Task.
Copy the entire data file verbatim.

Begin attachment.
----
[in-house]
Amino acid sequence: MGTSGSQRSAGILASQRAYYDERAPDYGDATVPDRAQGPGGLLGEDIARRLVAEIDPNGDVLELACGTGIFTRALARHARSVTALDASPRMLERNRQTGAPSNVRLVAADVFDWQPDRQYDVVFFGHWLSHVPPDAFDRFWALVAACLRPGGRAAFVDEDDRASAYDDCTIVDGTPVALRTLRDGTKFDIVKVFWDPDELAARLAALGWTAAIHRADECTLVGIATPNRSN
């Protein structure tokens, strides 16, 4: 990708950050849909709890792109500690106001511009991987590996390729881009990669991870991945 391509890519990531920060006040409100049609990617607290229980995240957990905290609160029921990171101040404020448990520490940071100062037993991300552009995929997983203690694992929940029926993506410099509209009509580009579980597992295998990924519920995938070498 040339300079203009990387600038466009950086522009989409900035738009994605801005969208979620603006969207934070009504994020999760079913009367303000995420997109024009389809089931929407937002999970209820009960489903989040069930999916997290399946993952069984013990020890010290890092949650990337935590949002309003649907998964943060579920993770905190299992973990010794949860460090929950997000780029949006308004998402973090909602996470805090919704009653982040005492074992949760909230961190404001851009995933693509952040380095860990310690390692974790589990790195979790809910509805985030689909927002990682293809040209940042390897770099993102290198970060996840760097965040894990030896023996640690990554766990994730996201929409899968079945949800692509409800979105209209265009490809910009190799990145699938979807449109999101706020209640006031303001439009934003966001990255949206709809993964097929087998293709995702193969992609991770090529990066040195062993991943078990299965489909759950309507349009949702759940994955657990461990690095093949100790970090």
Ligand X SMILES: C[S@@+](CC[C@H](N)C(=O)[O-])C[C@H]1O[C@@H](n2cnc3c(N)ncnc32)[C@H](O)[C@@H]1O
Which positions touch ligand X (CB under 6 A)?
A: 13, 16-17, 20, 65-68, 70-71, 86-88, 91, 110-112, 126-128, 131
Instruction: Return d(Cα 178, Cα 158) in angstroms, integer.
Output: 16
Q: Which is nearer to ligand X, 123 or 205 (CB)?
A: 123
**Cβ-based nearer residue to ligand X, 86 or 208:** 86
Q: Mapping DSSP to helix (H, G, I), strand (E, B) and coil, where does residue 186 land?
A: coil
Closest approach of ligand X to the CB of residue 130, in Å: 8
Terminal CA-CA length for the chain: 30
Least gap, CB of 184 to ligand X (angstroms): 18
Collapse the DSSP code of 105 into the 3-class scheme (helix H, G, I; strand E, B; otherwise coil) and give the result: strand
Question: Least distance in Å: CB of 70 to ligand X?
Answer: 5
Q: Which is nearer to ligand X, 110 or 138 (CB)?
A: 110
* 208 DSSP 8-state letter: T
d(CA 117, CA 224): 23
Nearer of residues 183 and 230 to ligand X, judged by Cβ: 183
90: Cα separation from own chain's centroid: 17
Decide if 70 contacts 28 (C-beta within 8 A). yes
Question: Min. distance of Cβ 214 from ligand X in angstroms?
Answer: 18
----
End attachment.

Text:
[in-house]
Amino acid sequence: MGTSGSQRSAGILASQRAYYDERAPDYGDATVPDRAQGPGGLLGEDIARRLVAEIDPNGDVLELACGTGIFTRALARHARSVTALDASPRMLERNRQTGAPSNVRLVAADVFDWQPDRQYDVVFFGHWLSHVPPDAFDRFWALVAACLRPGGRAAFVDEDDRASAYDDCTIVDGTPVALRTLRDGTKFDIVKVFWDPDELAARLAALGWTAAIHRADECTLVGIATPNRSN
């Protein structure tokens, strides 16, 4: 990708950050849909709890792109500690106001511009991987590996390729881009990669991870991945 391509890519990531920060006040409100049609990617607290229980995240957990905290609160029921990171101040404020448990520490940071100062037993991300552009995929997983203690694992929940029926993506410099509209009509580009579980597992295998990924519920995938070498 040339300079203009990387600038466009950086522009989409900035738009994605801005969208979620603006969207934070009504994020999760079913009367303000995420997109024009389809089931929407937002999970209820009960489903989040069930999916997290399946993952069984013990020890010290890092949650990337935590949002309003649907998964943060579920993770905190299992973990010794949860460090929950997000780029949006308004998402973090909602996470805090919704009653982040005492074992949760909230961190404001851009995933693509952040380095860990310690390692974790589990790195979790809910509805985030689909927002990682293809040209940042390897770099993102290198970060996840760097965040894990030896023996640690990554766990994730996201929409899968079945949800692509409800979105209209265009490809910009190799990145699938979807449109999101706020209640006031303001439009934003966001990255949206709809993964097929087998293709995702193969992609991770090529990066040195062993991943078990299965489909759950309507349009949702759940994955657990461990690095093949100790970090």
Ligand X SMILES: C[S@@+](CC[C@H](N)C(=O)[O-])C[C@H]1O[C@@H](n2cnc3c(N)ncnc32)[C@H](O)[C@@H]1O
Which positions touch ligand X (CB under 6 A)?
A: 13, 16-17, 20, 65-68, 70-71, 86-88, 91, 110-112, 126-128, 131
Instruction: Return d(Cα 178, Cα 158) in angstroms, integer.
Output: 16
Q: Which is nearer to ligand X, 123 or 205 (CB)?
A: 123
**Cβ-based nearer residue to ligand X, 86 or 208:** 86
Q: Mapping DSSP to helix (H, G, I), strand (E, B) and coil, where does residue 186 land?
A: coil
Closest approach of ligand X to the CB of residue 130, in Å: 8
Terminal CA-CA length for the chain: 30
Least gap, CB of 184 to ligand X (angstroms): 18
Collapse the DSSP code of 105 into the 3-class scheme (helix H, G, I; strand E, B; otherwise coil) and give the result: strand
Question: Least distance in Å: CB of 70 to ligand X?
Answer: 5
Q: Which is nearer to ligand X, 110 or 138 (CB)?
A: 110
* 208 DSSP 8-state letter: T
d(CA 117, CA 224): 23
Nearer of residues 183 and 230 to ligand X, judged by Cβ: 183
90: Cα separation from own chain's centroid: 17
Decide if 70 contacts 28 (C-beta within 8 A). yes
Question: Min. distance of Cβ 214 from ligand X in angstroms?
Answer: 18